An efficient pipelining scheme, fast and robust!

Finding Tangent Directions at various locations

Subdivision: Split curve at value t into two segments; find the control polygons for both segments.

New control points come directly from de Casteljau algorithm.

Use of subdivision for clipping to a boundary.

Use of subdivision for curve refinement.
New Homework: What can you do with Bézier Curves?
Use Rockwood's Interactive Curve Editor CAGD_LAB. Open the applet shown on page 52 of the
book (Ch3, 70%down),
labelled "Higher Degree Bezier Curves" for the following tasks:

Using a septic (heptic) Bézier curve {this is degree 7, order 8; using 8 ctrl pts;
==> different ways of saying the same thing},
model G1 continuous {continuous tangent directions} closed loops of as many
different turning numbers as possible
{the # of times the tangent vector sweep around
360 degrees}  Do it at least for turning numbers 0, 1, 2.

Using the minimum number of control points (= minimum order Bezier), make
a G^{1}continuous "figure8" Bezier curve with overall C2pointsymmetry
{= 2fold rotational symmetry around a point that will bring the figure
back onto itself after a 180degree rotation around this point}.
DUE: THU 8/30/12, 2:40pm.
Hand in: window snapshots showing your solutions;
label your figures with their turning numbers;
put your name on your handins;
add explanatory comments as necessary.
On the PCs you can hit Alt+PrnScrn to capture the current active window
to the clipboard.
You can then paste the clipboard into a program such
as "paint" and from there readily send it to the printer.
"SnagIt" is another
great screen/window/regionsaving application that you can download.
Recent Homework Discussion
Quick Review of Some Important Concepts

Hodograph:
 plot of parameterized derivative vector in its own coordinate system.
 if hodograph goes through origin, curve velocity goes to zero; this often leads to a cusp.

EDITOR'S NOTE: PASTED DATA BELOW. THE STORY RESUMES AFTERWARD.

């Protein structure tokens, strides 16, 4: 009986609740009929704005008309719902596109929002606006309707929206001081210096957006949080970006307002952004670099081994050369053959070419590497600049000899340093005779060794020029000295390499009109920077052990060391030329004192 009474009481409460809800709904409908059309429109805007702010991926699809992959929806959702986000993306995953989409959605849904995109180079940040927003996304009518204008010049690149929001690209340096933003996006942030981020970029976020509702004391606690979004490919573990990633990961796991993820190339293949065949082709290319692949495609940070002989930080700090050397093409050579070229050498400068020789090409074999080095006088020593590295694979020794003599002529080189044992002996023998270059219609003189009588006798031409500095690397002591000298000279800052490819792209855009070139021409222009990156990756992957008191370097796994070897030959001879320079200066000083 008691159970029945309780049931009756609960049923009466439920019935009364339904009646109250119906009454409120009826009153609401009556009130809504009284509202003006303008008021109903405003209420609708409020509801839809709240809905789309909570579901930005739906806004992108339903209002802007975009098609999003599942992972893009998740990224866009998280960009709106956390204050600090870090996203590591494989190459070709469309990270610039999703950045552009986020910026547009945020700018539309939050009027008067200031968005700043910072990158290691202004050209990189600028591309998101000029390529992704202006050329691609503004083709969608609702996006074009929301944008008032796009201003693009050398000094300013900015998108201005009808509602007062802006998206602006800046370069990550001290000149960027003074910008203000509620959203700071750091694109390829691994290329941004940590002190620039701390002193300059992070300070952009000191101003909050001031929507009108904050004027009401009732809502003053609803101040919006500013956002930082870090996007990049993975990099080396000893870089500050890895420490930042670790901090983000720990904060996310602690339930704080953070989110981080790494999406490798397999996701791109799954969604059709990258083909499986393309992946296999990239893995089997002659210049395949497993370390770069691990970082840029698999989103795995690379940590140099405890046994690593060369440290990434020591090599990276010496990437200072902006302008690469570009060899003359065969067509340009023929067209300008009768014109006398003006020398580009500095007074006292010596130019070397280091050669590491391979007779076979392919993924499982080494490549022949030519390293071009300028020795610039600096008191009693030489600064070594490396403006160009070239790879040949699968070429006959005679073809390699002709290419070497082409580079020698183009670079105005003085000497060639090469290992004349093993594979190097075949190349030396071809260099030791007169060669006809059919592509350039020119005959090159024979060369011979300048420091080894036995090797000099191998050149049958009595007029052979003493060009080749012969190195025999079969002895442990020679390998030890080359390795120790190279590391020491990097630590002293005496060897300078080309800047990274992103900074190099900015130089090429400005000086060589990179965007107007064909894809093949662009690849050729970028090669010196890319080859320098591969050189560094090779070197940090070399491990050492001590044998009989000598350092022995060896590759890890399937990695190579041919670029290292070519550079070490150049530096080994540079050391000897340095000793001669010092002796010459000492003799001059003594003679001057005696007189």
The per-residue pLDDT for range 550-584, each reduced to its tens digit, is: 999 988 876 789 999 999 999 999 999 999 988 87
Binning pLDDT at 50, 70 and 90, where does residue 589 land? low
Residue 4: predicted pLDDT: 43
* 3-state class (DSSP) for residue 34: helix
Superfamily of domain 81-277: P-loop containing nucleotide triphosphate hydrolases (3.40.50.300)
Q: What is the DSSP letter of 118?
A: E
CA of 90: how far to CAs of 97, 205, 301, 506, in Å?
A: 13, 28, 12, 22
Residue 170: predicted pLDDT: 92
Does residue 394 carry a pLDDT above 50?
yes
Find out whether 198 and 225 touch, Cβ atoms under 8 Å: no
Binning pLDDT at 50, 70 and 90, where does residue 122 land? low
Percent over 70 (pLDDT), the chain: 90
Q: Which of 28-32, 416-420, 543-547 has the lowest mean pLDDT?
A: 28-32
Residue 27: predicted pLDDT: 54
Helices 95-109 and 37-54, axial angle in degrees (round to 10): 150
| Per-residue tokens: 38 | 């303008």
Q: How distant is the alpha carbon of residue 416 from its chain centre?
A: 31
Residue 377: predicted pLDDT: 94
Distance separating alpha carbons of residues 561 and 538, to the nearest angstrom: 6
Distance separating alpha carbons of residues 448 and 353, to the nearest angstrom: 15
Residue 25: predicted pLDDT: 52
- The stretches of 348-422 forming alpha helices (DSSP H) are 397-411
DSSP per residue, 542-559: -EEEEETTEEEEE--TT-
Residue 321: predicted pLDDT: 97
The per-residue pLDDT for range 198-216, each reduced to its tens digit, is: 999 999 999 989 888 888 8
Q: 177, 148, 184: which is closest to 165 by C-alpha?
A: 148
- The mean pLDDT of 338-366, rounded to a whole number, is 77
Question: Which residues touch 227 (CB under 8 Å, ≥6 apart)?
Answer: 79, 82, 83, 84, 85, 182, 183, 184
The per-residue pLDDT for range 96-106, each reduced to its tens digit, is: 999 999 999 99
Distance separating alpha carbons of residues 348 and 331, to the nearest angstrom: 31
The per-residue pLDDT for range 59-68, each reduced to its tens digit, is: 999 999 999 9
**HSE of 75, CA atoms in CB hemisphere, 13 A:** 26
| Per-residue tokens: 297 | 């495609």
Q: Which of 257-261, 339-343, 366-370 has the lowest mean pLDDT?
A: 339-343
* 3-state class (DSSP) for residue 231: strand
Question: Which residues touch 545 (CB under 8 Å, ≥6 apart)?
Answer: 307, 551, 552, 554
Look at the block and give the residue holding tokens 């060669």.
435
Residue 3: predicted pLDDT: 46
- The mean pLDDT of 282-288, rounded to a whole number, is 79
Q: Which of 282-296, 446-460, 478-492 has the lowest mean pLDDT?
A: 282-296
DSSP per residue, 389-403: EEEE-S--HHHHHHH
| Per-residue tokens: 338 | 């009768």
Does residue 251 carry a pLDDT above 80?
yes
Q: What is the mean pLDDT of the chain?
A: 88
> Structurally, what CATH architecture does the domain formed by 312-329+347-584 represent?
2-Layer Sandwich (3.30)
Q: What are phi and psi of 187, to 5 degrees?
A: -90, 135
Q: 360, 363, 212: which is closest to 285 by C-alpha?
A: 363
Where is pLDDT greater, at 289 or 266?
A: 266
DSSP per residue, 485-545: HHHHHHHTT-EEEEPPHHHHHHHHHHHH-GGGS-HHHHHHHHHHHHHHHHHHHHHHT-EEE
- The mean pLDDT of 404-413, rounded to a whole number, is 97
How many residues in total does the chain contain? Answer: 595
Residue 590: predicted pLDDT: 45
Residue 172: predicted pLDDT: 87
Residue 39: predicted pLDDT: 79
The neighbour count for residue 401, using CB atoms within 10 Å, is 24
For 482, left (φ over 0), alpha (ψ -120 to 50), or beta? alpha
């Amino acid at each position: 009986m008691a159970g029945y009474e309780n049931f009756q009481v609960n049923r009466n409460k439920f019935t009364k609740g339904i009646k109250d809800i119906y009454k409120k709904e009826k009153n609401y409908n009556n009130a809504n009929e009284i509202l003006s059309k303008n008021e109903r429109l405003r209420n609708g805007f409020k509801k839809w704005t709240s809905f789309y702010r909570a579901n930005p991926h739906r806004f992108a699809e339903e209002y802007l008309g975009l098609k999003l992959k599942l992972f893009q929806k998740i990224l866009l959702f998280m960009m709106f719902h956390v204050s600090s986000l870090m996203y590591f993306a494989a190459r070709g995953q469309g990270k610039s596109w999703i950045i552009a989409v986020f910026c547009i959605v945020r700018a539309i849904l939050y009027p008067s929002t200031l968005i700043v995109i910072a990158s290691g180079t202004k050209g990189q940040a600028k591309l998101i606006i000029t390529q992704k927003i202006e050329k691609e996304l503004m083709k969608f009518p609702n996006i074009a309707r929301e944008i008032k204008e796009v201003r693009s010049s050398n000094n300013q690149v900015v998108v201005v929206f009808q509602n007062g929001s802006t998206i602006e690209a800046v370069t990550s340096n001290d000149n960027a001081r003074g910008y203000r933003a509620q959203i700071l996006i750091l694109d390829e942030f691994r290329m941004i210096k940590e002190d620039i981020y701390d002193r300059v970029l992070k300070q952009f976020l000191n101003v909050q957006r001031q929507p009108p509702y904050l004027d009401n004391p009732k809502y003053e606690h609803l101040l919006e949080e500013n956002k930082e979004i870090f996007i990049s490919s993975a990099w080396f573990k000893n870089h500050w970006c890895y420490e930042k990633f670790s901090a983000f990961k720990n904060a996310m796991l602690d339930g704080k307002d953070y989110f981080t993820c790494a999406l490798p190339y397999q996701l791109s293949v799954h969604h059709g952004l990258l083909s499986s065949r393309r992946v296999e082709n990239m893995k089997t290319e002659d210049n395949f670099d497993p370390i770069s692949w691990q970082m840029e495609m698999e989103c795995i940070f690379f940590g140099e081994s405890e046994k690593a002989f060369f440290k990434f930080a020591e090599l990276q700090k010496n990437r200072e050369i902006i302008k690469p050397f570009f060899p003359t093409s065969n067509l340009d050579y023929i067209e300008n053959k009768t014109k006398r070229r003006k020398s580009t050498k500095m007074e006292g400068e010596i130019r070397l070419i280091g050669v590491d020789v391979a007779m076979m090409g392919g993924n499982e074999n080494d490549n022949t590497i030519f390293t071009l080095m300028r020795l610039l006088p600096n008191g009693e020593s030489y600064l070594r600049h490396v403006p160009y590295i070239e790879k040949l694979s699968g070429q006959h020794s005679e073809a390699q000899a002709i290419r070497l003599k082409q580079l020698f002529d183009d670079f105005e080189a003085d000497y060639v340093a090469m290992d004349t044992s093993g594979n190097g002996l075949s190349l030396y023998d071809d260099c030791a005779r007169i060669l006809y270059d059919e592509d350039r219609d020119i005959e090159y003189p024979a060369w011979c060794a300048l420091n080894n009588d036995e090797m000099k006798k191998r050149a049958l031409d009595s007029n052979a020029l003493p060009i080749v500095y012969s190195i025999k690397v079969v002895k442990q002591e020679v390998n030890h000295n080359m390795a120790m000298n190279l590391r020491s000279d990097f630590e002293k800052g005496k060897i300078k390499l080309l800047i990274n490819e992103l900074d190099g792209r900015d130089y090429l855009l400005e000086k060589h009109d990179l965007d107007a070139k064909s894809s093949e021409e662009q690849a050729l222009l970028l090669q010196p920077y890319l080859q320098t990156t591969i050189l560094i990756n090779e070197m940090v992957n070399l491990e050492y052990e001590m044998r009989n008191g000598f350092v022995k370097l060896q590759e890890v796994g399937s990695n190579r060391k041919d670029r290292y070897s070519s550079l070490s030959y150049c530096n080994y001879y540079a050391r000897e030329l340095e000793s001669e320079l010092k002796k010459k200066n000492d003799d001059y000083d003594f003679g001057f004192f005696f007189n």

Control polygon for hodograph of a Bézier curve.

Winding Number of a (closed, oriented) Curve around a Point:
 how many times does it loop around that point ?
 a crucial quantity to determine the "inside" of selfintersecting polygons.
 only curves with the same winding number can be smoothly transformed into one another in the plane.

Turning Number of a (closed) Curve:
 counts the (signed) number of turns made by the tangent vector of the curve.
 if v<>0 it is equal to the winding number of hodograph around the origin. 
C^{n} Parametric Continuity:
 first n derivatives are continuous;
curve is nth order differentiable,
 but the curve may still have cusps where v=0.

G^{n} Geometric Continuity:
 is determined entirely by the visual appearance of the shape of the curve (ignoring parametrization).
 first norder geometric approximations
(tangent, curvature, ...) vary smoothly with arclength.
Administrative Comments
 Class Roster, Accounts, etc.  everybody on the wating list will be admitted.
 Just "auditing" this course is _not_ a great idea!
 to get something out of this course you really need to do the work  and then you may as well get credit for it!
Next Reading Assignment:
Rockwood: pp 3158.